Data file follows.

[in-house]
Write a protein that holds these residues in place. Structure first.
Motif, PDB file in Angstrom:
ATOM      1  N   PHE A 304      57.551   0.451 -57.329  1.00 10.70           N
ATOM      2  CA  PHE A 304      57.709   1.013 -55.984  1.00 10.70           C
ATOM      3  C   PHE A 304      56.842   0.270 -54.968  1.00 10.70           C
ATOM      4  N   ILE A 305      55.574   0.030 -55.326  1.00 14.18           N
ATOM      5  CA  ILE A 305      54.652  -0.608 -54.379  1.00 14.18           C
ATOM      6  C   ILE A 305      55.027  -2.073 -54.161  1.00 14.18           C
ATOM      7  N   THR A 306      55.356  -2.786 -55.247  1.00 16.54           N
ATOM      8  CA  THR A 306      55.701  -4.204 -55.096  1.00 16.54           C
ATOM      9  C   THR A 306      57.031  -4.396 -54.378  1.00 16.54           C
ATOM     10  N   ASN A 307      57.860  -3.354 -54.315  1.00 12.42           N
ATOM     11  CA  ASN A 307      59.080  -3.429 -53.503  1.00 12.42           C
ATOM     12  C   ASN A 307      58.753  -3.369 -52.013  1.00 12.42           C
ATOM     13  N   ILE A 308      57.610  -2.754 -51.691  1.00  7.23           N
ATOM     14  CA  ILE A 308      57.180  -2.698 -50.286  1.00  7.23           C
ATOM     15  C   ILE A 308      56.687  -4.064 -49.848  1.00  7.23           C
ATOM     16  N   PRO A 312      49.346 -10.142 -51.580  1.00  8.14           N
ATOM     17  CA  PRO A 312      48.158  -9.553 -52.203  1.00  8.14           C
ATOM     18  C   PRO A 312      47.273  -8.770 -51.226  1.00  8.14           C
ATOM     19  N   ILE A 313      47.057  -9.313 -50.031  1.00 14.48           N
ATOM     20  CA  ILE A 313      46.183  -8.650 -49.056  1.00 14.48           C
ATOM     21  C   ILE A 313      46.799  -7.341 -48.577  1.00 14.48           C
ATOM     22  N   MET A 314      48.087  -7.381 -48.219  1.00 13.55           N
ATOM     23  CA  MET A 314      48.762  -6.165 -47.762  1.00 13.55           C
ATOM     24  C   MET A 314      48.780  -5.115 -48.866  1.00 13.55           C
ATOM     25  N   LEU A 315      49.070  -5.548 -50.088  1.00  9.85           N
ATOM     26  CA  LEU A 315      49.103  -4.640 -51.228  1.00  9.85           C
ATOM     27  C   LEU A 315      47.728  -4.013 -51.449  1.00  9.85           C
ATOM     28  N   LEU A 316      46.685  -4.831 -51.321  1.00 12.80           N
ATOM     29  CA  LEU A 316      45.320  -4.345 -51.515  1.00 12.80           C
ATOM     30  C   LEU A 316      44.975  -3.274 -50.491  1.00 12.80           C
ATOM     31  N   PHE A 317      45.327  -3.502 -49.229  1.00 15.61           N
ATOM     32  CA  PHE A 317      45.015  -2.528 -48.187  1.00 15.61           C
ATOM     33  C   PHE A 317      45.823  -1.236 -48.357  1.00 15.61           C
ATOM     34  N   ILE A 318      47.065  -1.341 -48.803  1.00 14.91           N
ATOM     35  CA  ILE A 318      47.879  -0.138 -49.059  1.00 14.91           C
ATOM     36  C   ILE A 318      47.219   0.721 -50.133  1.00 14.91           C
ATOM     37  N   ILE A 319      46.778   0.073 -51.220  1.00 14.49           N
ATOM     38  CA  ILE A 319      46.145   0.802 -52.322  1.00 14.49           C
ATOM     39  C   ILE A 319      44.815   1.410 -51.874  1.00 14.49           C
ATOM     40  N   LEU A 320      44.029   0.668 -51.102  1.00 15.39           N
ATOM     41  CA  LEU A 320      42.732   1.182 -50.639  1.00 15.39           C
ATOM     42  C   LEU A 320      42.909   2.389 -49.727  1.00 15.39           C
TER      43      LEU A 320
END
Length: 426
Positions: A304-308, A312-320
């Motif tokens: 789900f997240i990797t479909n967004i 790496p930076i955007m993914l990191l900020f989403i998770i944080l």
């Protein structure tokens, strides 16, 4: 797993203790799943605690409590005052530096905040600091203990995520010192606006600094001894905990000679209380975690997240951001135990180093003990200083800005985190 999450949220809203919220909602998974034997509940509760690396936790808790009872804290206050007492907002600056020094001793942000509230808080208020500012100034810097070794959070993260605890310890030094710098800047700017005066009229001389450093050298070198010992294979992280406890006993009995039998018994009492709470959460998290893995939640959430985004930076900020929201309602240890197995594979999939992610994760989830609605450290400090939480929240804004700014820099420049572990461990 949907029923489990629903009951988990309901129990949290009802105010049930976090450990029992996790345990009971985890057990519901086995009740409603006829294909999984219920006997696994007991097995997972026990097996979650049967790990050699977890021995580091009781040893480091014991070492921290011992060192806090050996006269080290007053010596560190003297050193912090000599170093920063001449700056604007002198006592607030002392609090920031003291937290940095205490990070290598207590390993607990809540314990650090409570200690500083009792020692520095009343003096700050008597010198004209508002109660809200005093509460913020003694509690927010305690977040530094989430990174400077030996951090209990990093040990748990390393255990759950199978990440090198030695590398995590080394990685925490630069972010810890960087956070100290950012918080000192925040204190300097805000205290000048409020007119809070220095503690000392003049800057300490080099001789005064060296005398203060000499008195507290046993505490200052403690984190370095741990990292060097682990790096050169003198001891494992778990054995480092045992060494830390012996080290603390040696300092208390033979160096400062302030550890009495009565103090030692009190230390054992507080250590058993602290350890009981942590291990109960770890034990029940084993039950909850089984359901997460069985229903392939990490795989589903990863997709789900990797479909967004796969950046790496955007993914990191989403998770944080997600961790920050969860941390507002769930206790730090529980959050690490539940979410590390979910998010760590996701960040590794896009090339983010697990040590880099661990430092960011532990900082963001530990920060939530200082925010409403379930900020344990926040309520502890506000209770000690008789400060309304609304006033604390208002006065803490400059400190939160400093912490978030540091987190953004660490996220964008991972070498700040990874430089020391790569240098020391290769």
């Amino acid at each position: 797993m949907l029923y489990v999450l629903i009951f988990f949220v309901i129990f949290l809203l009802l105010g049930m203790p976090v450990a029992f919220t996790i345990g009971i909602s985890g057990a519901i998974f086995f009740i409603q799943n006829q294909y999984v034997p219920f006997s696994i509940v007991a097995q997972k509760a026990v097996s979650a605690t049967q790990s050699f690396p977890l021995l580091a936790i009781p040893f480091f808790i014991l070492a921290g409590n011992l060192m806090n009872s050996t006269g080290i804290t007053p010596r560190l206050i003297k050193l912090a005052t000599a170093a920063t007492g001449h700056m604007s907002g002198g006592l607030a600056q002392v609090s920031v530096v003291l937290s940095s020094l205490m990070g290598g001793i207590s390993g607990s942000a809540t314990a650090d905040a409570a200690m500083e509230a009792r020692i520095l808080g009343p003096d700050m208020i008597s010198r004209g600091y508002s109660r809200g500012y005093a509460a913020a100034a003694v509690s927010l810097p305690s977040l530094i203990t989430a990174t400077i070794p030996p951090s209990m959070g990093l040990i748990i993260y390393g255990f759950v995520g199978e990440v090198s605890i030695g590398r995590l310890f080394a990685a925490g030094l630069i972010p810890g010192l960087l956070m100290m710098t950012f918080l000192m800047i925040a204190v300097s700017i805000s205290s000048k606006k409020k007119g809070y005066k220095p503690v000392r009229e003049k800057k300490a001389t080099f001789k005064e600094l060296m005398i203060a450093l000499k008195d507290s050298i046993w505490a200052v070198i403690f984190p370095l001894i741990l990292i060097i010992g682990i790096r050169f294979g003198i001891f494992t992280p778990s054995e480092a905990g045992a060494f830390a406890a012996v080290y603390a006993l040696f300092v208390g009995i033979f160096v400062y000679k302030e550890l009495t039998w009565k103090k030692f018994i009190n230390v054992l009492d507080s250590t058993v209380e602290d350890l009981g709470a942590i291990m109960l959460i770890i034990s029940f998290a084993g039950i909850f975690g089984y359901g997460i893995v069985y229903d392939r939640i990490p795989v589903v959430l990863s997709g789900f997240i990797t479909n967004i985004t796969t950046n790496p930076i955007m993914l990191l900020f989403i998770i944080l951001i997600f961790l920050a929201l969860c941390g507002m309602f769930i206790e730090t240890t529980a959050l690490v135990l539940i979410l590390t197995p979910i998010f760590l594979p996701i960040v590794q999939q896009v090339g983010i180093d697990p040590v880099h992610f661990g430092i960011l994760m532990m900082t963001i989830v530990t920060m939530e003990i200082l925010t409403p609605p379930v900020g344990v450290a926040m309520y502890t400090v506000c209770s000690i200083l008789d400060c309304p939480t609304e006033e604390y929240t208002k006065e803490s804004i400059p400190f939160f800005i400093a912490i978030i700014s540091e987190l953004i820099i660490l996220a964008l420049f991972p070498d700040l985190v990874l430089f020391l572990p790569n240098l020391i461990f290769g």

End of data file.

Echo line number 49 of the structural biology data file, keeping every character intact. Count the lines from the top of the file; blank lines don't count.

Positions: A304-308, A312-320